received field. Therefore, a gap in existing shallow-water noise databases is lack of knowledge of the ocean-bottom geoacoustic properties in the regions where the measurements were made. More generally, the quality of ambient noise databases is directly related to the quality and variety of ancillary information (e.g., near-surface winds, shipping traffic, visual observations of marine animals) collected simultaneously at the same location. Development of a long-term ocean noise monitoring system requires careful consideration of which types and in what ways this supporting information will be collected.


Sound sources in the ocean can be categorized and modeled as two main types: unknown distributed sources (that is, unknown location, source level, and spectral content) referred to as ambient noise and best modeled as statistical in nature, and identified single sources best modeled deterministically. Noise from the collection from all sources is referred to as “ocean noise” in this report. The dominant source of ambient noise is associated with ocean surface wave activity. In the frequency band from 5 to 200 Hz, shipping may be dominant, at least in the northern hemisphere. The time-averaged received levels of shipping noise in some locations can be fairly well modeled. Above 200 Hz, noise levels from breaking waves are roughly modeled through the use of empirical relations between noise level and wind speed. Limitations exist in ambient noise models not just from lack of knowledge of the source characteristics and distributions but also resulting from uncertainties in the environment. The sounds from single sources, such as sonar and air-guns, are usually well modeled by propagation codes. The accuracy of these models is limited by environmental uncertainty. The effects of sound from single sources on marine mammals are beginning to be modeled by integrative tools such as AIM and ESME. The effects of distributed sources, such as shipping and wind, on marine mammals are not yet well modeled.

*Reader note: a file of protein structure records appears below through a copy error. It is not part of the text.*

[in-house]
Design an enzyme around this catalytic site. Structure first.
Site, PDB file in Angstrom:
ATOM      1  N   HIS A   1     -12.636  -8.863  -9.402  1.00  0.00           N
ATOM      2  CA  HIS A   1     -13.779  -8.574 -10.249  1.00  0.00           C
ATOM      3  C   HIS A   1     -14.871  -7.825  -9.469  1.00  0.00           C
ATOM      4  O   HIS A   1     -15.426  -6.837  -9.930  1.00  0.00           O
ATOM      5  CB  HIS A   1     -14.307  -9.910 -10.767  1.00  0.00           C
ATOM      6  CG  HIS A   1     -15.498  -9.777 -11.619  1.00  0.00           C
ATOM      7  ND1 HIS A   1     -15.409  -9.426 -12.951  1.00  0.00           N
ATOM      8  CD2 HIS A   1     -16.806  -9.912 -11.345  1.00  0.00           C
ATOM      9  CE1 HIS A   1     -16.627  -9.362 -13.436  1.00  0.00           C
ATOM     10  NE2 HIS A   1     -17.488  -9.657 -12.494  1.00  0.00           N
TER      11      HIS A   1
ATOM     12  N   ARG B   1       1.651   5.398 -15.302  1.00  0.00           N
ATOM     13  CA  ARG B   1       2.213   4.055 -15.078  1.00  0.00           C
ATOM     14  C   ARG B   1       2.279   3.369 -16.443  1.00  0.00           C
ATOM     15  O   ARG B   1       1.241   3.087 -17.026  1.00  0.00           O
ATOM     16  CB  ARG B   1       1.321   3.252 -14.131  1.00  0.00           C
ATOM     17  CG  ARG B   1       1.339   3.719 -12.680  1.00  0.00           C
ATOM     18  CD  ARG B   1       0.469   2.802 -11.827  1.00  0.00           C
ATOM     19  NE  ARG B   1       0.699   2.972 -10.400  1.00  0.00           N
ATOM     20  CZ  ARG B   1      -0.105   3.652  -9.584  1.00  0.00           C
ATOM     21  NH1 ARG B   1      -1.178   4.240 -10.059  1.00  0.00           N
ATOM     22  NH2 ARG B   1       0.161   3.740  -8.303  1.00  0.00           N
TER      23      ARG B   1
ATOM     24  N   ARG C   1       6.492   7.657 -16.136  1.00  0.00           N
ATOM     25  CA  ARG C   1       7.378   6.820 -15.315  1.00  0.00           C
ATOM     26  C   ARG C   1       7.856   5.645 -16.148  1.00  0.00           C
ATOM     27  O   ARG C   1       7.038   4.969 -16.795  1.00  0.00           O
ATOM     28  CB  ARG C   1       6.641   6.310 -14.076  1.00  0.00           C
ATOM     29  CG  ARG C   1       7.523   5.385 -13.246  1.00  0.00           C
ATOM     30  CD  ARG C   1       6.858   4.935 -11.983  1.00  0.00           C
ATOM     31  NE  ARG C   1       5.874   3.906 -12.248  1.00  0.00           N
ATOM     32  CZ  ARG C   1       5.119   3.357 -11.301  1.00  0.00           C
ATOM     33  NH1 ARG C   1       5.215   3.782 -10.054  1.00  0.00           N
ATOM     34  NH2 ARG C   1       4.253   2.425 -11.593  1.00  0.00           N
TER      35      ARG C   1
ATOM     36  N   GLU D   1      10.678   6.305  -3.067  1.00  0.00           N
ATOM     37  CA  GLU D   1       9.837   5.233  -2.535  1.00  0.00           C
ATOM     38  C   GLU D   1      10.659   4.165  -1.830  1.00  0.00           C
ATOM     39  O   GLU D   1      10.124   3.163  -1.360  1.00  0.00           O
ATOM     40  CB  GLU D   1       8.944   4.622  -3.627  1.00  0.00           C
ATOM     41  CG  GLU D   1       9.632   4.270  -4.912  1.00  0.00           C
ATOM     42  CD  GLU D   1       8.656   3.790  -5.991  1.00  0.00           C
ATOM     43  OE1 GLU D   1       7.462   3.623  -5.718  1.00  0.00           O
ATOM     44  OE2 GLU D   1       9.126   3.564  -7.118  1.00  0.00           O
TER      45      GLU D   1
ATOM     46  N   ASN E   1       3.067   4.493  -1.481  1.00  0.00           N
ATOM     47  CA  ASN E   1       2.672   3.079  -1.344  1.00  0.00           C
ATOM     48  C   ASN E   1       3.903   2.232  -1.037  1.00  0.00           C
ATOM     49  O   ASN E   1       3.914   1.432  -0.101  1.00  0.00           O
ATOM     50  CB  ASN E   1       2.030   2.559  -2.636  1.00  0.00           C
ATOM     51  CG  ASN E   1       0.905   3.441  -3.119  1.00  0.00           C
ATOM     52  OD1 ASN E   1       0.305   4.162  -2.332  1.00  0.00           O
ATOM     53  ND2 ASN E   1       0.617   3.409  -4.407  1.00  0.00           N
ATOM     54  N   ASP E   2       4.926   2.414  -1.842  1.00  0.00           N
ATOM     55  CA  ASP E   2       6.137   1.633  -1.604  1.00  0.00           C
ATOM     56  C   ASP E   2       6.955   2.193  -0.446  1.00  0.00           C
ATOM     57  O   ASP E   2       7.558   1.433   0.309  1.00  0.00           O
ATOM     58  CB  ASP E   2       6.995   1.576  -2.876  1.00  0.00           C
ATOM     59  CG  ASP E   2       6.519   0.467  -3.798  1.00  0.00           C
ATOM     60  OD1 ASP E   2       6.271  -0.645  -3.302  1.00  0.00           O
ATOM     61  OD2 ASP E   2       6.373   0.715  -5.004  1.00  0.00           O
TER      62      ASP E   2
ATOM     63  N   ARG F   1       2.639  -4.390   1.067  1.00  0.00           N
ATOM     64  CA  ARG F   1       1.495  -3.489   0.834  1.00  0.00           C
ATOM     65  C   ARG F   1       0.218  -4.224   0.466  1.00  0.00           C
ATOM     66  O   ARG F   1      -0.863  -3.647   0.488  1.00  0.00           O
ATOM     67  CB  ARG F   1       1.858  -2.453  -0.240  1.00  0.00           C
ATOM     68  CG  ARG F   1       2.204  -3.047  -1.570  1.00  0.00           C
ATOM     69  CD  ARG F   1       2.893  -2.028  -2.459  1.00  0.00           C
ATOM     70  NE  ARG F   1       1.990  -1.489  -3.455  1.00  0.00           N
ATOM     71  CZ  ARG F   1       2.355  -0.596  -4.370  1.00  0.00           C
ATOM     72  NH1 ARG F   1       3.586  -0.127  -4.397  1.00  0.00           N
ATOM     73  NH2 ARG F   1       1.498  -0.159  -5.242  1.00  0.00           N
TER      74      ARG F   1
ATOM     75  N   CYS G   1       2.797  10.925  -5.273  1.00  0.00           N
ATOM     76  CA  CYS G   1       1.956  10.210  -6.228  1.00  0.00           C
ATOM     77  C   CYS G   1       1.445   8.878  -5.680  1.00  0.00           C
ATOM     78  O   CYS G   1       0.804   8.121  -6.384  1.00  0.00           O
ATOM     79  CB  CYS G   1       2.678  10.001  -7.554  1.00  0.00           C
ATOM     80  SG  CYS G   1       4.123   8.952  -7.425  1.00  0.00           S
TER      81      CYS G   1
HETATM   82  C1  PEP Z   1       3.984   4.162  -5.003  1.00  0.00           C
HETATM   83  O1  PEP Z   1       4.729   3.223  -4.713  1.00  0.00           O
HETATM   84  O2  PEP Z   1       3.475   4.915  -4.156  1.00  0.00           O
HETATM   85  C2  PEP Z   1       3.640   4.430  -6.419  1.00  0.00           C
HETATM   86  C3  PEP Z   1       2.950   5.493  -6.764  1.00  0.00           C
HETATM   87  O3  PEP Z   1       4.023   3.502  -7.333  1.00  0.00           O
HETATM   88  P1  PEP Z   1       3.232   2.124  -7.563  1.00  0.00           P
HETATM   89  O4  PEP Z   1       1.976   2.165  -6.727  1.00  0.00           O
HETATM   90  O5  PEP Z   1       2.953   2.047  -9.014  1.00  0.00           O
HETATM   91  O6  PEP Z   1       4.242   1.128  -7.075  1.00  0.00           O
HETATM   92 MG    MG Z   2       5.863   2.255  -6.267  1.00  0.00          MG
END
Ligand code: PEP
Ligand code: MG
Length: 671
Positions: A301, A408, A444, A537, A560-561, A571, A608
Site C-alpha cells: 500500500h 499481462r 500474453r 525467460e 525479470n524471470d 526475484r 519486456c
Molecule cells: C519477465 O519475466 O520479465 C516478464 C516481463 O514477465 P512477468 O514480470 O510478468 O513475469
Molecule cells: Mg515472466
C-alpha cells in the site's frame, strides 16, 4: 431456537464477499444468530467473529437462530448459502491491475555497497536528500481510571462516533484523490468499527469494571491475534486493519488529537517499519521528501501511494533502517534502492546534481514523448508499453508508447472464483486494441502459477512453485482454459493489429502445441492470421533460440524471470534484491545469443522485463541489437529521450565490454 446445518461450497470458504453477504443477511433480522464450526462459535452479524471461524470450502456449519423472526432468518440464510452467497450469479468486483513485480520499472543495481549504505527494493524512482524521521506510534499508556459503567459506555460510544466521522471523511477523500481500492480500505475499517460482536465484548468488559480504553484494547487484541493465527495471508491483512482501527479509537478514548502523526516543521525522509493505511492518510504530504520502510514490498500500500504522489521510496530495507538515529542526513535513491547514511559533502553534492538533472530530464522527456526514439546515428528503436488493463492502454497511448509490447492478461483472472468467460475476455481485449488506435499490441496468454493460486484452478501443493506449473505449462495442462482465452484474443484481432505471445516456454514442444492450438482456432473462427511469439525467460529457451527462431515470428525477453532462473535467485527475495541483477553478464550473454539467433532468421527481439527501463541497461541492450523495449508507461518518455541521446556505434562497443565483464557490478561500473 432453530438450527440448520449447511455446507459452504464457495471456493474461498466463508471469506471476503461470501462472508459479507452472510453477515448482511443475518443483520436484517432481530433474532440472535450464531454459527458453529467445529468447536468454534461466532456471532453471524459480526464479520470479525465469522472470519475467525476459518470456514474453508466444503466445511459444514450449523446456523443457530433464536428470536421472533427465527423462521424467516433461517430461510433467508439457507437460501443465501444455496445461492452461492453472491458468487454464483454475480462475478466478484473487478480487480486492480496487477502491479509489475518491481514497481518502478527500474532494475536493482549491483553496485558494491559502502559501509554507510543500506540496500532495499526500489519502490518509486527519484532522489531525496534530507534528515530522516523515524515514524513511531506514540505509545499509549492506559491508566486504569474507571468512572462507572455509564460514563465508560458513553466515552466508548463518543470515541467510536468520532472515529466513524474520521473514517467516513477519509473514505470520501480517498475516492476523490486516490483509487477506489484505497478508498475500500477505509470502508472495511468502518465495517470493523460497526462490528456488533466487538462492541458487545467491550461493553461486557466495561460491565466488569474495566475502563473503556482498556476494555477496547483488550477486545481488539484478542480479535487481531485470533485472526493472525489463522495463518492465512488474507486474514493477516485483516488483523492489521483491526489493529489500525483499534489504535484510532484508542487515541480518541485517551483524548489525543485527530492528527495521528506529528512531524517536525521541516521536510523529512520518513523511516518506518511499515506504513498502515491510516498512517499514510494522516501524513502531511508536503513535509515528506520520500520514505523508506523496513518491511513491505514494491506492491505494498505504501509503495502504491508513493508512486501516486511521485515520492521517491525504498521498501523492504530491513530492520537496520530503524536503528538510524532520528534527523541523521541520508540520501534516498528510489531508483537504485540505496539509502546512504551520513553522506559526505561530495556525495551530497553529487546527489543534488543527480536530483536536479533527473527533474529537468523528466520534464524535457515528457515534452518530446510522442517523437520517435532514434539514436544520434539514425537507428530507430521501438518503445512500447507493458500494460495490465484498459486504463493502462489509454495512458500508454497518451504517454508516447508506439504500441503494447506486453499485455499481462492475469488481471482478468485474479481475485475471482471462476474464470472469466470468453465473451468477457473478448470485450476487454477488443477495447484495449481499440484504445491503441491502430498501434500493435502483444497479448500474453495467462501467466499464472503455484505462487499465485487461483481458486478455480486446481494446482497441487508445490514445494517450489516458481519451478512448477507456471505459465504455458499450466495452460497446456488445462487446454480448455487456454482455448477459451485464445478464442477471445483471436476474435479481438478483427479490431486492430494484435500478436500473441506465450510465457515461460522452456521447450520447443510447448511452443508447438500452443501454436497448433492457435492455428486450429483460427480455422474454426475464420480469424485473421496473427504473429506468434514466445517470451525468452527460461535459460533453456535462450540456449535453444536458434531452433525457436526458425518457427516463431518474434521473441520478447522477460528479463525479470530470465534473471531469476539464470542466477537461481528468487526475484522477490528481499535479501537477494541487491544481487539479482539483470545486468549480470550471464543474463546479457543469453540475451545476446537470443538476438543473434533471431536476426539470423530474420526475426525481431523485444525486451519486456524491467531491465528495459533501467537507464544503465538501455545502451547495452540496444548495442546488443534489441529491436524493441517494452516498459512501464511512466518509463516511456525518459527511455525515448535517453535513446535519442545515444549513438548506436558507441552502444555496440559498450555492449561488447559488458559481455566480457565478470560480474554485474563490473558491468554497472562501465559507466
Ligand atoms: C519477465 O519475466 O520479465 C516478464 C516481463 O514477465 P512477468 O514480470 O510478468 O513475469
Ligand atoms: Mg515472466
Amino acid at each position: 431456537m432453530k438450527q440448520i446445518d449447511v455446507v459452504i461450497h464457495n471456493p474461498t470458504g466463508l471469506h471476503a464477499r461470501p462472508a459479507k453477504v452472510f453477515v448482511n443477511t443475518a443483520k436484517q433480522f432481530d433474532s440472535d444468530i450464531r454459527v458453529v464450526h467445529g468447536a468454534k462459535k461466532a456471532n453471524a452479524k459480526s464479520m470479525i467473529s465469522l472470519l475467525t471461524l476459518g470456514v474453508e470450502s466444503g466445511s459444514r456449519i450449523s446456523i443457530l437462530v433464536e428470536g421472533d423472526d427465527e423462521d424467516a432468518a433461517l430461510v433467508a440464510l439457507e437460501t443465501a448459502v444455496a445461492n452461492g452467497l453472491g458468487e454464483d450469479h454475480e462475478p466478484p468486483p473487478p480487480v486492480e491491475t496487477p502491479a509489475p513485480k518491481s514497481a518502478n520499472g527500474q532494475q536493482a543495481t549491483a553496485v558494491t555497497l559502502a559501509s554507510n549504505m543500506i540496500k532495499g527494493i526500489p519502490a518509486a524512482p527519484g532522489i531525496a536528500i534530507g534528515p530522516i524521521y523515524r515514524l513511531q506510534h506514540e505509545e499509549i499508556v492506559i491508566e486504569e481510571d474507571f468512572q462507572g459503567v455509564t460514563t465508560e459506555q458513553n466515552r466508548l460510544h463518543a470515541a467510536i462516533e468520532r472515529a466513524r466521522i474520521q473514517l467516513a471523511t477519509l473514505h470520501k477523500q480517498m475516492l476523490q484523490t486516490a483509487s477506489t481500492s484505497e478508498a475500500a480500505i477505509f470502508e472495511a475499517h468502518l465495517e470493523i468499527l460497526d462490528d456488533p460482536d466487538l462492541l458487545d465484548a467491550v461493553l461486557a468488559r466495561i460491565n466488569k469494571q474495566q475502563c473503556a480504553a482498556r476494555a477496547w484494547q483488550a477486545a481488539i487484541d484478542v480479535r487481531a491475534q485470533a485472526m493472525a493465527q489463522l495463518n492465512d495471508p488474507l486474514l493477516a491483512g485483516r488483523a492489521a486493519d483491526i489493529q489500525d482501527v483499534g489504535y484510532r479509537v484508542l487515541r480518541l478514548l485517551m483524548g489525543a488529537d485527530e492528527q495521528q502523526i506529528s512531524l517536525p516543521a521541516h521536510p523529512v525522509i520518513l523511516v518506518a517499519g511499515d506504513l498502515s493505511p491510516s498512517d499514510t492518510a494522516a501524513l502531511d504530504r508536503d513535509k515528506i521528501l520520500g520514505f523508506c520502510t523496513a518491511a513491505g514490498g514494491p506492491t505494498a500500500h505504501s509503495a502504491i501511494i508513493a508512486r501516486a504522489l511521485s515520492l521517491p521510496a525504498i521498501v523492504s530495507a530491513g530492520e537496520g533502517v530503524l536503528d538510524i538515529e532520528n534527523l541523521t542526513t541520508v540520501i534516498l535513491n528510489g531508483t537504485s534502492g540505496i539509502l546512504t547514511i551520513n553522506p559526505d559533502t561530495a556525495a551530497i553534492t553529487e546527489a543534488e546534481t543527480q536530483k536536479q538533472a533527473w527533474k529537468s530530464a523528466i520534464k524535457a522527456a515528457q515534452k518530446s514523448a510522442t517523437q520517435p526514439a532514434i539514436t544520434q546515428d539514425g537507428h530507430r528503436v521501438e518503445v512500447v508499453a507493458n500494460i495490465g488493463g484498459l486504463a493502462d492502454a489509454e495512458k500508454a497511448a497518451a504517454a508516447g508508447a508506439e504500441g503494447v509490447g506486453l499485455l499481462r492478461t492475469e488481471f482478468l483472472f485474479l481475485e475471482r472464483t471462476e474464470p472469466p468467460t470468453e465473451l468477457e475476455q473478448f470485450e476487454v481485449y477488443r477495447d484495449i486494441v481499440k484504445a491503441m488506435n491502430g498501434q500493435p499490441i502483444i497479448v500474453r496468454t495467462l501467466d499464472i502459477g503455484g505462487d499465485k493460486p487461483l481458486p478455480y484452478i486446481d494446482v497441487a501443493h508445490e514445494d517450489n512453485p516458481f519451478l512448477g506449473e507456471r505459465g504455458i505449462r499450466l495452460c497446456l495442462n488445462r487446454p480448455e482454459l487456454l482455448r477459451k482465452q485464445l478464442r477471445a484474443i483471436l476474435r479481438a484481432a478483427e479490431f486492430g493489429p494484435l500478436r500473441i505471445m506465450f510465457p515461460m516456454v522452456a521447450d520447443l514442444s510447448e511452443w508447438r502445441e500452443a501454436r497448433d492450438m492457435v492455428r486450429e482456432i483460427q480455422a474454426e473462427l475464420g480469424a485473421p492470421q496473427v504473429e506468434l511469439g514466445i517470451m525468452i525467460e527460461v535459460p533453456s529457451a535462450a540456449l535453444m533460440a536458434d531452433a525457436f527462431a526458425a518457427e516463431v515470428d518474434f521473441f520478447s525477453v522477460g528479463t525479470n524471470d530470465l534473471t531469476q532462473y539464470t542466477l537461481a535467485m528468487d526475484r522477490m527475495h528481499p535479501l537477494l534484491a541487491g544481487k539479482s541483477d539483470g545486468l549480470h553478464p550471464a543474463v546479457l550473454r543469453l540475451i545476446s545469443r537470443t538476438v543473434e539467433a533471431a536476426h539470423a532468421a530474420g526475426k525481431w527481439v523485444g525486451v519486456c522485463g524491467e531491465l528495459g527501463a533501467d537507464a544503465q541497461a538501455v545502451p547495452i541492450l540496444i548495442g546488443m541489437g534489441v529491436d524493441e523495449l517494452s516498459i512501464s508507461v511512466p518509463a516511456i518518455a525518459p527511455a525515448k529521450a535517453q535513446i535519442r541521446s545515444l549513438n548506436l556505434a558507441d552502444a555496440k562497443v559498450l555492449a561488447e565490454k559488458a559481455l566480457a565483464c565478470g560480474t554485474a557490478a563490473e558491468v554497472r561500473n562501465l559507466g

From field observations and threshold experiments on captive animals (see Chapter 3), it is clear that sound can disturb marine mammals both behaviorally and physiologically. Noise from shipping may be affecting marine mammals adversely. Similarly, high-intensity transient sources at short ranges may have significant effects on marine mammal physiology or behavior. Modeling these effects is possible and prudent. While modeling the physiologic effects is relatively straightforward, modeling behavioral effects is difficult and needs more effort. In all cases, field data must be collected to validate the model predictions.

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